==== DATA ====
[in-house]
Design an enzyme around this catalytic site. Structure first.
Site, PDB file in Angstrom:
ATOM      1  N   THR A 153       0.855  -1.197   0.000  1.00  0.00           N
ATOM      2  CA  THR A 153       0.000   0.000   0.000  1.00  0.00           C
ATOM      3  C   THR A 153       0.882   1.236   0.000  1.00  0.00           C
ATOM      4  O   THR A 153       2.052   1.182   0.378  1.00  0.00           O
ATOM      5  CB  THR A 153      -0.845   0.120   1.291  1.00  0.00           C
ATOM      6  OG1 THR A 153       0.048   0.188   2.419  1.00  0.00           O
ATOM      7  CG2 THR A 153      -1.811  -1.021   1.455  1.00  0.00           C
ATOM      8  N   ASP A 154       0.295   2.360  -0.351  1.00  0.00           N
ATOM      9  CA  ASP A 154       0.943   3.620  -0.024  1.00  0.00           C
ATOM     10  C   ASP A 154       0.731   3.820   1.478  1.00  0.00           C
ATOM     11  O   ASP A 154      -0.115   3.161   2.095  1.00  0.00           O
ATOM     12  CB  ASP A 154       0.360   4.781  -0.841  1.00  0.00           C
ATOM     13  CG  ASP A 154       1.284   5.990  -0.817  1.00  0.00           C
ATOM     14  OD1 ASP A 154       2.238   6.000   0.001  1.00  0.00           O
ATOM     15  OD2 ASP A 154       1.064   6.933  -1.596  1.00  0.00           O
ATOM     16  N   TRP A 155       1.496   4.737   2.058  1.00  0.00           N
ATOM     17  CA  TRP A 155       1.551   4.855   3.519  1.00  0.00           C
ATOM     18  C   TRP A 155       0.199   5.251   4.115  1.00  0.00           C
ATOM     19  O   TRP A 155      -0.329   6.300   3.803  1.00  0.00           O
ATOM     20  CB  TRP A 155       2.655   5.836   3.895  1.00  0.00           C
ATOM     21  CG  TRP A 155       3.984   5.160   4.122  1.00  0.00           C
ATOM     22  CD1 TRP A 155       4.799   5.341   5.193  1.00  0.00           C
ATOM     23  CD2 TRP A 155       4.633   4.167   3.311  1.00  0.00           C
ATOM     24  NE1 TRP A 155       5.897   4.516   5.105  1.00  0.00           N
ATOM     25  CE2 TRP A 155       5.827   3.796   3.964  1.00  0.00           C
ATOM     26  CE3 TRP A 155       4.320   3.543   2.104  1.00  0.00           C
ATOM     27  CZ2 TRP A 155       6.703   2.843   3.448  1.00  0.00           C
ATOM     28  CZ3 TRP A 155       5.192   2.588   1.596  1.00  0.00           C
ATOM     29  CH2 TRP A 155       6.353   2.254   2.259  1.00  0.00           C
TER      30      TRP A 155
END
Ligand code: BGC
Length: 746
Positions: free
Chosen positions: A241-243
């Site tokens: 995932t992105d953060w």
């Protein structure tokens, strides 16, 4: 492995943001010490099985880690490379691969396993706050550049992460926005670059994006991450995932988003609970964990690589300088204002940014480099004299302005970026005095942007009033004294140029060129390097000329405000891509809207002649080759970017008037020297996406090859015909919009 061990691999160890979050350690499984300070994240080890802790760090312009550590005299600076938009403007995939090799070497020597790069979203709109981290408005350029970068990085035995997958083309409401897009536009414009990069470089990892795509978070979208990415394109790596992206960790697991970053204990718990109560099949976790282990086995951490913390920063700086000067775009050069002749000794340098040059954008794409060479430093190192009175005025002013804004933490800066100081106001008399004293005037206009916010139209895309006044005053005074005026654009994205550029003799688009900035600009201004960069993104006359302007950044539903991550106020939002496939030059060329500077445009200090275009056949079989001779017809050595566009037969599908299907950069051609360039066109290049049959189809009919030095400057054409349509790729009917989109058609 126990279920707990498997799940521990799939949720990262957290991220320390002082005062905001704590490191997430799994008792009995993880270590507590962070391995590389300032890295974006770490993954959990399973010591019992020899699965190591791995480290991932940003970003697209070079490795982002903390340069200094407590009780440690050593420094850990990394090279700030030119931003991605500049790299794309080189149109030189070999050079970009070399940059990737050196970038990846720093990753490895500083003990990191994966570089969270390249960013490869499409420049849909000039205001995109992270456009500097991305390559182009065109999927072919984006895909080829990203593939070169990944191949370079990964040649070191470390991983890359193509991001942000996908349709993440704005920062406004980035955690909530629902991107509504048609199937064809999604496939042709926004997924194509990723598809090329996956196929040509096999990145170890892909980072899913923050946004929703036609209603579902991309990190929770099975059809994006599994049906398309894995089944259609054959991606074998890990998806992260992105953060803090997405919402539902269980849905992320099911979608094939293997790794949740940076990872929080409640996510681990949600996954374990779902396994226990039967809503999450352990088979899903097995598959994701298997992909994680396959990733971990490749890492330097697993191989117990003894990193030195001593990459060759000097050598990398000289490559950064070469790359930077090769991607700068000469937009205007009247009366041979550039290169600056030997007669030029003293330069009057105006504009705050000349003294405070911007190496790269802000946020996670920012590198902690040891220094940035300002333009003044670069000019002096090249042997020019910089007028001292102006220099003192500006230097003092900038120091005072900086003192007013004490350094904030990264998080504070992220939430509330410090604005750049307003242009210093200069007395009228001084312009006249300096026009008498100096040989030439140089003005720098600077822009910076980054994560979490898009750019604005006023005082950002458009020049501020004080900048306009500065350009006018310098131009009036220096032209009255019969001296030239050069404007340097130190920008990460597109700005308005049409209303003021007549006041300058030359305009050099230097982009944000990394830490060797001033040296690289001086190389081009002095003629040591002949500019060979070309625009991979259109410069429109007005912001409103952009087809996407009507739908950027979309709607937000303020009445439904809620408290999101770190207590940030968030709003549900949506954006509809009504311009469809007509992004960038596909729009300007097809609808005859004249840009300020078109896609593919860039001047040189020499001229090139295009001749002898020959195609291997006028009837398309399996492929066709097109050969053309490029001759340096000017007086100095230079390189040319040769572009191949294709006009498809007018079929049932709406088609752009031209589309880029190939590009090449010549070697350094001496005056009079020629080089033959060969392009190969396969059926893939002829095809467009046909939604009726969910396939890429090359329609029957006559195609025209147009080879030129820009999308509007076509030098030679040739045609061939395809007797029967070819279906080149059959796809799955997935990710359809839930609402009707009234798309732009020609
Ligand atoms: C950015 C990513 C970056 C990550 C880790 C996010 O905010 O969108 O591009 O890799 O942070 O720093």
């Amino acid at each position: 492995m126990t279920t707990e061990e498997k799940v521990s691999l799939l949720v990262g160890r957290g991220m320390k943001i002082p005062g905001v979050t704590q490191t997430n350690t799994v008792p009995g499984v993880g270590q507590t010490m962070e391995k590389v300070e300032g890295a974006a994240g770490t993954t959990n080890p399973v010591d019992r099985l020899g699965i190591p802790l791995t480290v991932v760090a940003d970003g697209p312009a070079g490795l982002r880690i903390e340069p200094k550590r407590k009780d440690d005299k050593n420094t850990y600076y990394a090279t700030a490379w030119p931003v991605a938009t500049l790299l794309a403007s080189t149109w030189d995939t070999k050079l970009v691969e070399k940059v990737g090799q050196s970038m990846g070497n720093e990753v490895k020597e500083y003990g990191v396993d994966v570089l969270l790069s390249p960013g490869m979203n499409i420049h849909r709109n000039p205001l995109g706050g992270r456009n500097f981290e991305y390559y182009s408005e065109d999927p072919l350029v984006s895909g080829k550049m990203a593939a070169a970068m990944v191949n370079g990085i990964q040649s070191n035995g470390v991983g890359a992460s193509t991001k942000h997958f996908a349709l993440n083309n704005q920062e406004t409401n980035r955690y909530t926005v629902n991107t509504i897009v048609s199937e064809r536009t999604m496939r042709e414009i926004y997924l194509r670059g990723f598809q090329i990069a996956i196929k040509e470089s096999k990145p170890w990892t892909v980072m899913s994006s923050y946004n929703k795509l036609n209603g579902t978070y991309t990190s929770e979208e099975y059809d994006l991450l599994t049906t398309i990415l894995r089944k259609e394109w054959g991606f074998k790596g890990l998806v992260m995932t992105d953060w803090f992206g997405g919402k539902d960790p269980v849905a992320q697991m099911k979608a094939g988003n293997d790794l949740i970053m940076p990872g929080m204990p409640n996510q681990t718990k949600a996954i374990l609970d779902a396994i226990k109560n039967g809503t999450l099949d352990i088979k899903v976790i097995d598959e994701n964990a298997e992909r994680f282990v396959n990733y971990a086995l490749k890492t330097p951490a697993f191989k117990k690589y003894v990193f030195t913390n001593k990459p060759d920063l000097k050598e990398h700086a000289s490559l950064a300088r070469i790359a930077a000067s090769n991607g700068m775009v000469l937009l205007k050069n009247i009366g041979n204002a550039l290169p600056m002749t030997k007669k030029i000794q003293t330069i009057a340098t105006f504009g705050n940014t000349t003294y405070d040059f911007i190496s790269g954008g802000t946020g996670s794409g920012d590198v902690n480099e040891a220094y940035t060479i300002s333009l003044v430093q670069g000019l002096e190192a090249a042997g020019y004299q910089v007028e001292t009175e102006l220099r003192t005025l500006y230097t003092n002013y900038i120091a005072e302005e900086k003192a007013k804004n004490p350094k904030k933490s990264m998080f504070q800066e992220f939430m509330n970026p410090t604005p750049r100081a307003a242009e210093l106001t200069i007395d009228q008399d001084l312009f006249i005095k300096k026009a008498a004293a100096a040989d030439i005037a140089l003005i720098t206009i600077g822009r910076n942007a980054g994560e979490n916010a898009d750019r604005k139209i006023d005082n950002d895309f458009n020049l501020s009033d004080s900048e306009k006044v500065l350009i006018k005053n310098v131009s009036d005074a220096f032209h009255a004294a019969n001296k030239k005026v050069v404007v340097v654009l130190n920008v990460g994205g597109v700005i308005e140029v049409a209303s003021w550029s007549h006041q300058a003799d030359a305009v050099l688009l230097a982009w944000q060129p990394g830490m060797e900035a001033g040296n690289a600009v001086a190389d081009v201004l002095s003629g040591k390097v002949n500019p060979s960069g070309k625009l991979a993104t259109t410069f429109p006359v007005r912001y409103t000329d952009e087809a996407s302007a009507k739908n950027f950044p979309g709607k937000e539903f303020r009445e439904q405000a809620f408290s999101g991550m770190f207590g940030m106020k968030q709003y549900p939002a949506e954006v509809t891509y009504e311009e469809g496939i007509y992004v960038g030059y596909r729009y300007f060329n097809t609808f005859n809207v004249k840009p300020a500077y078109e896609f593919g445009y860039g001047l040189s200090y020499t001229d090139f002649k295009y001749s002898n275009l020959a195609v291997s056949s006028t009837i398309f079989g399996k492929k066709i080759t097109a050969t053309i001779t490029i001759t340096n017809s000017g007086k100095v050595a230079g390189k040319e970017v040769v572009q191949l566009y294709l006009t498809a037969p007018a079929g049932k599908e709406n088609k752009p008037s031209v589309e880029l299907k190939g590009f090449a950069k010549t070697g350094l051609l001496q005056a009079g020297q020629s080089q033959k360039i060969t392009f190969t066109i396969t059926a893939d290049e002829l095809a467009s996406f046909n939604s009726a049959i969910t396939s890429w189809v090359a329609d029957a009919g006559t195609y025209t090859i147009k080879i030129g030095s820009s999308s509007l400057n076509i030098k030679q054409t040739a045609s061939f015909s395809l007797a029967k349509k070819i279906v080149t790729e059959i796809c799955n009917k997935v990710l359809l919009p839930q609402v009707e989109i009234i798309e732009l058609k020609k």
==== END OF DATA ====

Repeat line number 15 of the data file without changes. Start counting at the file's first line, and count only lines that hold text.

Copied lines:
ATOM     12  CB  ASP A 154       0.360   4.781  -0.841  1.00  0.00           C